Vitamin D & Incontinence

Vitamin D deficiency is higher among certain demographic segments, including women, the elderly, and the obese. All three groups also share an increased risk of pelvic floor problems, including urinary incontinence. Could there be a connection? Perhaps so, according to recent research.

A study published in Obstetrics & Gynecology compared vitamin D levels with incidence of various forms of pelvic floor disorder among 1,881 women, average age 48. Those with low levels of vitamin D (characterized as less than 30 nanograms per milliliter, or ng/ml) had a 170% increased risk of urinary incontinence, compared to those with higher blood levels. Why might this be? As a hormone, vitamin D supports a myriad of bodily functions, including maintenance of muscle and bone. As a result, deficiency could undermine the muscular infrastructure of the pelvis needed for urinary control.

Related research suggests that losing weight could result in as much as a 47% decrease in episodes of incontinence, perhaps by reducing the pressure that excess adipose tissue places on the pelvis - and by increasing levels of vitamin D: Maintaining levels of vitamin D may lower your risk of other ailments, including fractures, tooth loss, depression, chronic pain, and even certain cancers.

Winter’s shorter, colder days make it harder to get enough vitamin D from the sun - but our Portobello Mushroom Powder provides a whole food, vegan, natural alternative, with 150% of your vitamin D needs in each teaspoon.

Founded by David H. Murdock, Chairman of the Dole Food Company, the Dole Nutrition Institute provides consumers with educational resources on the benefits of a plant-based diet. These include an award-winning newsletter, Dole Nutrition News (2.5 million circulation), the recently published Dole Nutrition Handbook, videos, brochures, cookbooks and more.

The researchers, from Temple University, were surprised to learn that while nearly three-quarters of all women reported suffering from one or more pelvic floor disorders, 70 percent of those had not sought medical help. And by the time they did see the doctor - usually triggered by the onset of incontinence - they were suffering from multiple uro-gynecological problems.

Minor incontinence and other pelvic floor disorders usually begin after a woman gives birth. Then, as women age, the bladder stretches and pelvic muscles weaken, especially if they don’t exercise. Uterine or rectal prolapse and incontinence can often ensue. Significant risks for pelvic floor disorders were older age, high body mass index, number of vaginal births, and the use of forceps.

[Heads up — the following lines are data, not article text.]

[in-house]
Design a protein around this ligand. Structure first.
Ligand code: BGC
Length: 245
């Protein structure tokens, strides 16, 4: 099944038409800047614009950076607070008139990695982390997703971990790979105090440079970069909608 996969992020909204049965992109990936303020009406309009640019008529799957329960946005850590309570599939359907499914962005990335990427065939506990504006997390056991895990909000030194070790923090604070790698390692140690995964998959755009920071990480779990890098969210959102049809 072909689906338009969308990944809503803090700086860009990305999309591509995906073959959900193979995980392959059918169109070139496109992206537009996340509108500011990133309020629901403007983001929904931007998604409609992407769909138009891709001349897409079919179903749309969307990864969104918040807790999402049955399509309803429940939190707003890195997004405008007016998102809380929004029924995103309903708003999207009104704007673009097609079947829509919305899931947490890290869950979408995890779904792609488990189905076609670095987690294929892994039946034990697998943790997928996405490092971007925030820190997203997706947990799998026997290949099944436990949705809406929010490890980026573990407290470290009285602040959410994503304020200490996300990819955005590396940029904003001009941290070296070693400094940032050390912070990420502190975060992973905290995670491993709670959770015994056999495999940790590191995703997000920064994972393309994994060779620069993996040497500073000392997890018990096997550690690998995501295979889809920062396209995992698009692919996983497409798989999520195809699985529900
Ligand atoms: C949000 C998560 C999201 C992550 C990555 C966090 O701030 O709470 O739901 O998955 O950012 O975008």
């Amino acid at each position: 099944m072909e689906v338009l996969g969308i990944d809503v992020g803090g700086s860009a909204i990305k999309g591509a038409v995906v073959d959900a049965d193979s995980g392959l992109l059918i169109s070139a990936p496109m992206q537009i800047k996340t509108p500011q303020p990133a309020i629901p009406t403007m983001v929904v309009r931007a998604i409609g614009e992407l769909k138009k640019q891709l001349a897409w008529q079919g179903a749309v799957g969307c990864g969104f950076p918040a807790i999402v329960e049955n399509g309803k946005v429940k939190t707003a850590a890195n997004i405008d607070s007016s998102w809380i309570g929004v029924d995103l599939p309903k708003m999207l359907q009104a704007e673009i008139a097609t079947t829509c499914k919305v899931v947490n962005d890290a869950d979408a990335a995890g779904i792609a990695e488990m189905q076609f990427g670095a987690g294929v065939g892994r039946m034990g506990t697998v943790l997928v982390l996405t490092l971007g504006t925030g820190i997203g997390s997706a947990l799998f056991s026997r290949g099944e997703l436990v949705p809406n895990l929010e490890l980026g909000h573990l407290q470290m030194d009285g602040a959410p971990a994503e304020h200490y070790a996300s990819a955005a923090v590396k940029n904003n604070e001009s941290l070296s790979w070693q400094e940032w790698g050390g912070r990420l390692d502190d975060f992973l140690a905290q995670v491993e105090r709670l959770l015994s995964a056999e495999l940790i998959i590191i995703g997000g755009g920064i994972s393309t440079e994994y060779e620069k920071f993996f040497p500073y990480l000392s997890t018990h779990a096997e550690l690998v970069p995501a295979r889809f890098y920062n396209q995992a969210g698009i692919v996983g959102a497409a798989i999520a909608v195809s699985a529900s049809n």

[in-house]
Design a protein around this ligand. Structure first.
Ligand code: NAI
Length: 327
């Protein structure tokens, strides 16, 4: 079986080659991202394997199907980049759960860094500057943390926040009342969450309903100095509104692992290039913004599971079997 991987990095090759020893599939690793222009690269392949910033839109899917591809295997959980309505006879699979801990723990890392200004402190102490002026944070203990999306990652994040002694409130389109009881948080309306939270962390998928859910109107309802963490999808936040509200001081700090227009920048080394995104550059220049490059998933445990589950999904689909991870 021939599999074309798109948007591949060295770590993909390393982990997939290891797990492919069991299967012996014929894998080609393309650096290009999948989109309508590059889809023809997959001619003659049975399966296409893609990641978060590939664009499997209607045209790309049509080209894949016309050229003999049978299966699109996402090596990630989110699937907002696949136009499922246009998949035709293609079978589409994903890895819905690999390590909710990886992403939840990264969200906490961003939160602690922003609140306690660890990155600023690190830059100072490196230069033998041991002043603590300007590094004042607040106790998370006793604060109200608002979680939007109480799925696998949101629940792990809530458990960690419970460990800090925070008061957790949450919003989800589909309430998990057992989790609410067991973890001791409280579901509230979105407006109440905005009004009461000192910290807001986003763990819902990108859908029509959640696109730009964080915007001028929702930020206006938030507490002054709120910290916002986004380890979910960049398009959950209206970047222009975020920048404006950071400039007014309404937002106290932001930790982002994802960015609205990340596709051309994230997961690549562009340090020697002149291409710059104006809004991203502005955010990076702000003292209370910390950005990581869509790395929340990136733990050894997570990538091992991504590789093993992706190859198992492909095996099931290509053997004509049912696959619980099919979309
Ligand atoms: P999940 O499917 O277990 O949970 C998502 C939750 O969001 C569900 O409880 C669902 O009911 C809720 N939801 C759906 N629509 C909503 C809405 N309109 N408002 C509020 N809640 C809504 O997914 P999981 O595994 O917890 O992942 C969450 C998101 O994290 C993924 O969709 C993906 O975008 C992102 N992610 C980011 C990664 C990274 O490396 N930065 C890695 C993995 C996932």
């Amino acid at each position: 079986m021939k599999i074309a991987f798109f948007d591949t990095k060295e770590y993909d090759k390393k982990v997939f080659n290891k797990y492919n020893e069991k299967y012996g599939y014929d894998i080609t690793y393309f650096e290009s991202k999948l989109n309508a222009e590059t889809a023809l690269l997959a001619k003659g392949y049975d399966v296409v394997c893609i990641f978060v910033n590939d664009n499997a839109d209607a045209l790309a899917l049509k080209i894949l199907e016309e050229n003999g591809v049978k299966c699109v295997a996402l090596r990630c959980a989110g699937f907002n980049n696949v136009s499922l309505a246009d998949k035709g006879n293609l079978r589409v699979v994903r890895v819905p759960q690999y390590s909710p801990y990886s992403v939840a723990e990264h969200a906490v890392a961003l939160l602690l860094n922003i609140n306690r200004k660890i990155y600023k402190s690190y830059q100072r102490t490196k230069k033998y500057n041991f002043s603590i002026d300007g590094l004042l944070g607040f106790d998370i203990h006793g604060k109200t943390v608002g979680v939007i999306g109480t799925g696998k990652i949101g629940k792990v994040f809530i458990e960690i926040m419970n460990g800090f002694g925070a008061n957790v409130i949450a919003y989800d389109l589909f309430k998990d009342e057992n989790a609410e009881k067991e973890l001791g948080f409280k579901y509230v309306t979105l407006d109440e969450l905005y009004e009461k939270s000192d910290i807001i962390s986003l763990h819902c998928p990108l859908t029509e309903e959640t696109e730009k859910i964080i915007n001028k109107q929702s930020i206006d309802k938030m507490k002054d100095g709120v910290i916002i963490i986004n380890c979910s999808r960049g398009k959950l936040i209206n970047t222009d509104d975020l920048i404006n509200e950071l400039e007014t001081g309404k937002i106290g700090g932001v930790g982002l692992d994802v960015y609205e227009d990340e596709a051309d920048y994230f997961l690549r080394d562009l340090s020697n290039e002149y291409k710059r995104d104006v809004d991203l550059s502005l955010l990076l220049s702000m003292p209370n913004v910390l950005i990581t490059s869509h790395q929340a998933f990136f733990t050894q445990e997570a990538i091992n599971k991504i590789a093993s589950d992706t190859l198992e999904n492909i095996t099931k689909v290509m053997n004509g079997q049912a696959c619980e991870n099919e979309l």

Researcher Jack Mydlo, at Temple University School of Medicine, said that of all pelvic floor disorders, it was incontinence that brought most women to the doctor. “They cannot tolerate leaking urine and the disruption to their daily lives. But incontinence is usually just the tip of the iceberg. Many are also suffering from such pelvic floor disorders as uterine or rectal prolapse.”


What are the types of urinary incontinence (UI)?

  Stress incontinence – Leakage happens with coughing, sneezing, exercising, laughing, lifting heavy things, and other movements that put pressure on the bladder. This is the most common type of incontinence in women. It is often caused by physical changes from pregnancy, childbirth, and menopause. It can be treated and sometimes cured.
  Urge incontinence – This is sometimes called “overactive bladder.” Leakage usually happens after a strong, sudden urge to urinate. This may occur when you don’t expect it, such as during sleep, after drinking water, or when you hear or touch running water.
  Functional incontinence – People with this type of incontinence may have problems thinking, moving, or speaking that keep them from reaching a toilet. For example, a person with Alzheimer’s disease may not plan a trip to the bathroom in time to urinate. A person in a wheelchair may be unable to get to a toilet in time.
  Overflow incontinence – Urine leakage happens because the bladder doesn’t empty completely. Overflow incontinence is less common in women.
  Mixed incontinence – This is 2 or more types of incontinence together (usually stress and urge incontinence).
  Transient incontinence – Urine leakage happens for a short time due to an illness (such as a bladder infection or pregnancy). The leaking stops when the illness is treated.

Source: Dole Nutrition Institute

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